Art Lab Goes Green: Expression in Sustainability

Anthony Hurtado | Staff Photographer

Anthony Hurtado | Staff Photographer

 

Anthony Hurtado | Staff Photographer

Anthony Hurtado | Staff Photographer

 

A little bit of rain never hurt anybody and it certainly didn’t get in the way of Art Lab last Wednesday evening on Dec. 3.

Originally scheduled to take place at their usual spot in the Student Center terrace, the leaky weather resulted in a last-minute venue switch to Pacific Ballroom D and all for the better — the enclosed space made for a cozy, warm and relaxed environment where students could take their time enjoying all Art Lab had to offer.

“Art Lab is about making an inclusive space for artists here. We look at UCs and get the idea that they are very science-based, but if you look at UCI, you see the arts community and the arts school is so big and beautiful,” said Kimberly Van, the Art Lab commissioner. “It’s a small movement right now, but we want to bring out students from all majors to kind of dispel that myth.”

The theme for this particular Art Lab is “Sustainability,” which invited students to express what they think it means to be sustainable through both art and observation.

“I noticed a lot more organic and small businesses are becoming more popular, so I thought sustainability would be a good theme,” said Van. “People won’t do things [for the environment] that they will consider inconvenient, so this theme is meant to be a source of inspiration to make small changes that will lead to a really big difference.”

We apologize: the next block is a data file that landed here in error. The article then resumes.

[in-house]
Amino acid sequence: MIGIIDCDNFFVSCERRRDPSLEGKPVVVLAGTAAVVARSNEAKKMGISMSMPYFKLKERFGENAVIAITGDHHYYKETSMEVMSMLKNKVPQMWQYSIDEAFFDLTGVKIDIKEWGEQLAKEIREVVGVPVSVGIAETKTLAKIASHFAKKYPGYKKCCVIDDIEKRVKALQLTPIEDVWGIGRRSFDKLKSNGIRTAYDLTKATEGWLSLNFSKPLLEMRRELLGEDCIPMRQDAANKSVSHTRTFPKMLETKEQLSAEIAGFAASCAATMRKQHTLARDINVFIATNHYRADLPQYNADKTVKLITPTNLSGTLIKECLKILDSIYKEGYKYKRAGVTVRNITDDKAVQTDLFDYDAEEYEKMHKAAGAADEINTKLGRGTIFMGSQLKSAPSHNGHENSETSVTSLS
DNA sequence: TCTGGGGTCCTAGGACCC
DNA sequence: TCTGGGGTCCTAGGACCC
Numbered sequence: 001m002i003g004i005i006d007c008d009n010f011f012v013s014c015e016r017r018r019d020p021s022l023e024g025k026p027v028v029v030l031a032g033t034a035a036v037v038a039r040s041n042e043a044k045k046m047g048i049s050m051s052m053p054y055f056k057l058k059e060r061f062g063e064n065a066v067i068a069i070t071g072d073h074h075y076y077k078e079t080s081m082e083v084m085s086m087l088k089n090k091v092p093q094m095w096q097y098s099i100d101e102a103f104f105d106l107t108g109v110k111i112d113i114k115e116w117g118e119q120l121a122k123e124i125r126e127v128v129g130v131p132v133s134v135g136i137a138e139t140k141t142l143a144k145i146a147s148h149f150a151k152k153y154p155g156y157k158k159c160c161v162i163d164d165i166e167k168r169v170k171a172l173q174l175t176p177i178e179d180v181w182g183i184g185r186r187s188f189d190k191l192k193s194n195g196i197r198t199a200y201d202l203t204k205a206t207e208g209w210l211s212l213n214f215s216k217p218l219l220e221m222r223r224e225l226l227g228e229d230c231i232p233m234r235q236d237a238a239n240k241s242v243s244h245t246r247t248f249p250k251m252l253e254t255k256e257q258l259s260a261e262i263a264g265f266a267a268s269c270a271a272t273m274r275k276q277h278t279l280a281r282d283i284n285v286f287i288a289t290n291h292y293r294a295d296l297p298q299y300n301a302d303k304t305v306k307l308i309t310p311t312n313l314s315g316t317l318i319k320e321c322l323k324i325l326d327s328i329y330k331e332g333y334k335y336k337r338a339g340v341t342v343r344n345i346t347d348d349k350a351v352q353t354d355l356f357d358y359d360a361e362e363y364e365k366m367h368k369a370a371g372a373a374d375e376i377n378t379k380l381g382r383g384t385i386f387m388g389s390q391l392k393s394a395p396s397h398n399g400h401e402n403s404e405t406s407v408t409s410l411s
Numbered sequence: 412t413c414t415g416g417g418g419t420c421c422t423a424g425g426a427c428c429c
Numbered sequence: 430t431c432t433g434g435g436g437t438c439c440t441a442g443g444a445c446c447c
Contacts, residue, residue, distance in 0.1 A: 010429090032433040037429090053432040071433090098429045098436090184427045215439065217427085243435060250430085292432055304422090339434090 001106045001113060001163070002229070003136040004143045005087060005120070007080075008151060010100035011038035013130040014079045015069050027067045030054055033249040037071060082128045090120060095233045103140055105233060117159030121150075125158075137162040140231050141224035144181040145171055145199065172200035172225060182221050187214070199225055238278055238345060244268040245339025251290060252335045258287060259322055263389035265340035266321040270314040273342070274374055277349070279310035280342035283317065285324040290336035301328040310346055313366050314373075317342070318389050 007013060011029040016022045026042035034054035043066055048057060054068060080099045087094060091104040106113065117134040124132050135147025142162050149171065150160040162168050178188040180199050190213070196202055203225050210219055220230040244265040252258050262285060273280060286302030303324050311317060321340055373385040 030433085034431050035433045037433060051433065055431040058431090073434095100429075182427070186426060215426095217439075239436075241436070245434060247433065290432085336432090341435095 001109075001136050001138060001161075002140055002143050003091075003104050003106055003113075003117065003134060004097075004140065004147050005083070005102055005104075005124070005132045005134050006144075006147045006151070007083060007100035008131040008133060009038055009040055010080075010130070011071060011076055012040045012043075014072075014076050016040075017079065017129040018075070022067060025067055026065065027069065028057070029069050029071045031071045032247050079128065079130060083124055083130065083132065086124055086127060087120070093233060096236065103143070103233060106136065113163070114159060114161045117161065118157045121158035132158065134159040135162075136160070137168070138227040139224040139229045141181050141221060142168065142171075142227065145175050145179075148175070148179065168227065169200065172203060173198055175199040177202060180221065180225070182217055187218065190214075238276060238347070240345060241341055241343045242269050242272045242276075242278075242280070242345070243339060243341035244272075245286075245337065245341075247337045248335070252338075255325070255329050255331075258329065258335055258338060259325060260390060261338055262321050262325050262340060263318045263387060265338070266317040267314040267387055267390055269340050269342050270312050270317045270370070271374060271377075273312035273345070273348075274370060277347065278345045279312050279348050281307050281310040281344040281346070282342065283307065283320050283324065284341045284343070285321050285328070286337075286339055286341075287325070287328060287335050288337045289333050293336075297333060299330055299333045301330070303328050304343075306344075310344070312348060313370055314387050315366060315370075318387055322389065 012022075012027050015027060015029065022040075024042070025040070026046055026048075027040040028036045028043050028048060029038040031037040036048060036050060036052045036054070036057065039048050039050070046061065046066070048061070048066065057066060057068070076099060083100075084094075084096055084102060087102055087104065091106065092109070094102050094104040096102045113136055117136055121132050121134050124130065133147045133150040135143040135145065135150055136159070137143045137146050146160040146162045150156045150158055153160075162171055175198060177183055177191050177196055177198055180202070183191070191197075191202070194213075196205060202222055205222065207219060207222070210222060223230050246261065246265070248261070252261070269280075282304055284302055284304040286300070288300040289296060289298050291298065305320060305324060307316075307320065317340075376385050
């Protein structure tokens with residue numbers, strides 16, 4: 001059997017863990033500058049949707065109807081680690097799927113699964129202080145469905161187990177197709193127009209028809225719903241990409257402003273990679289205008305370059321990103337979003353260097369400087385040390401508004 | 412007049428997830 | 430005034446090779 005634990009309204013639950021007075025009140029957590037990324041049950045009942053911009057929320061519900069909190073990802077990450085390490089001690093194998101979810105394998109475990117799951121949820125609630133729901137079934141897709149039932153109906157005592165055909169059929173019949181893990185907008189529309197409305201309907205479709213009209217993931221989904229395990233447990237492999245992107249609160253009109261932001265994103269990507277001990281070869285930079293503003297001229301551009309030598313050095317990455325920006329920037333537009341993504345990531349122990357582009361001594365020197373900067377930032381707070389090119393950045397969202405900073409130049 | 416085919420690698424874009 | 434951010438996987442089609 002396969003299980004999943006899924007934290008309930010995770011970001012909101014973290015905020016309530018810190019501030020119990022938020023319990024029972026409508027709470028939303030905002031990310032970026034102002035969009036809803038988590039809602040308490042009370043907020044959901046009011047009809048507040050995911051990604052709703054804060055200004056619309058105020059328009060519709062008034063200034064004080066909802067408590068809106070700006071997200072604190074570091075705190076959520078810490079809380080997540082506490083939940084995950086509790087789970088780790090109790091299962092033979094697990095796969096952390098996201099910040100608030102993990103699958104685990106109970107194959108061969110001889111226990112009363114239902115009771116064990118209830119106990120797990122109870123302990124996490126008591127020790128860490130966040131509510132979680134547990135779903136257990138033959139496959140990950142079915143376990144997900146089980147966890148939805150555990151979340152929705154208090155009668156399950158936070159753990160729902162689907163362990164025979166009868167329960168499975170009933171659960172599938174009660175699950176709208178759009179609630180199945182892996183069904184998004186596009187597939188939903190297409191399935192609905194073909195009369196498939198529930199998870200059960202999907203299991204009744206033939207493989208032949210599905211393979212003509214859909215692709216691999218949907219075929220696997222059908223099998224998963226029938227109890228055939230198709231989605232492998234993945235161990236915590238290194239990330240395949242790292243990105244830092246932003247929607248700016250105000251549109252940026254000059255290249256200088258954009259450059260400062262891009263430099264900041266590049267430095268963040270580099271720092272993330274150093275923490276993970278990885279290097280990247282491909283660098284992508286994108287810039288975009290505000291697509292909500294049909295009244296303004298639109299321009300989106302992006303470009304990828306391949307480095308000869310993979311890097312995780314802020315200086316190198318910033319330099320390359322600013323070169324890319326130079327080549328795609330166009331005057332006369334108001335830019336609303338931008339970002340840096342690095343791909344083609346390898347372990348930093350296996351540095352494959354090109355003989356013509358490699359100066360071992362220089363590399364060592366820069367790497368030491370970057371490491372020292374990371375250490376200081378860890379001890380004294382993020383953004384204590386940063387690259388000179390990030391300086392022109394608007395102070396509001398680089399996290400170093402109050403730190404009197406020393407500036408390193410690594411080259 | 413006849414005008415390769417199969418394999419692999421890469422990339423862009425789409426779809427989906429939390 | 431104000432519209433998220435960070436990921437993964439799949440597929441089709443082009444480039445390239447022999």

In one corner of the Ballroom was the display for art submissions by UCI students, including a bouquet made of “trash” items like Styrofoam and old newspapers by fourth-year film and media studies major Edna Tobias.

Third-year chemistry major Bryant Bonilla submitted haunting portraits of females with alien-like features that gave a sense of how humans would incorporate themselves with the environment in the future.

There was also a station dedicated to the Mural Movement, in which Art Lab invited visitors to sit and paint on squares of canvas. Each piece is going to be sewn together and the mural will be displayed at the next Art Lab and will be continually added to as the events go on.

The DIY Club also had a station where students could make sustainable Harry Potter wands out of materials like paper and glue.

“Sustainability to me means that in the future, the earth will still hold the same amount of resources for my children,” said DIY Club member Franloie Cruz. “We were interested [as a club] to gain more visibility, and we saw that this project in particular fits with the Art Lab theme, so this collaboration just seemed natural,”

In the background of all this, live performances went on for the entertainment of all, and made for a great atmosphere.

“When we look for live performers, I make sure that we have a good variety of talents—not just dancing and singing,” said Rachelle Aguilera, the Art Lab talent curator. “We’re looking for anyone who wants to have fun, enjoys the theme and incorporates them into their set,”

There were acoustic performances by former Soulstice winner Imon Santos and Tracy Ratledge, who did a set of Christmas songs.

There were also less conventional performances, like Alejandro Ortiz’ rapping, Steven Grossman’s experimental set and Nikki Kathuria’s inspirational spoken word piece.

The surprising hits of the Art Lab live performances were the last two of the night — the heavy rock band Deliverance led by Brandon Lalenti and Jonathan Edzant.

Deliverance’s rock instrumental set was the perfect dose of jolting energy after a chilled out night. It provided a great change in the atmosphere and pumped up the crowd despite the later hour. Edzant was scheduled to perform earlier, but conflicts pushed his slot to the very end. It really was saving the best for last, as his versatile voice delivered incredible covers of Billy Joel, Frank Ocean and an impromptu Beyoncé performance at the request of yours truly.

Art Lab once again delivered on an inviting atmosphere in which students were allowed an area that both cultivated a sense of community and give a chance to get their creative juices flowing.

“I really want to work on permanent spaces for art pieces just to show off how talented our students are,” Van said.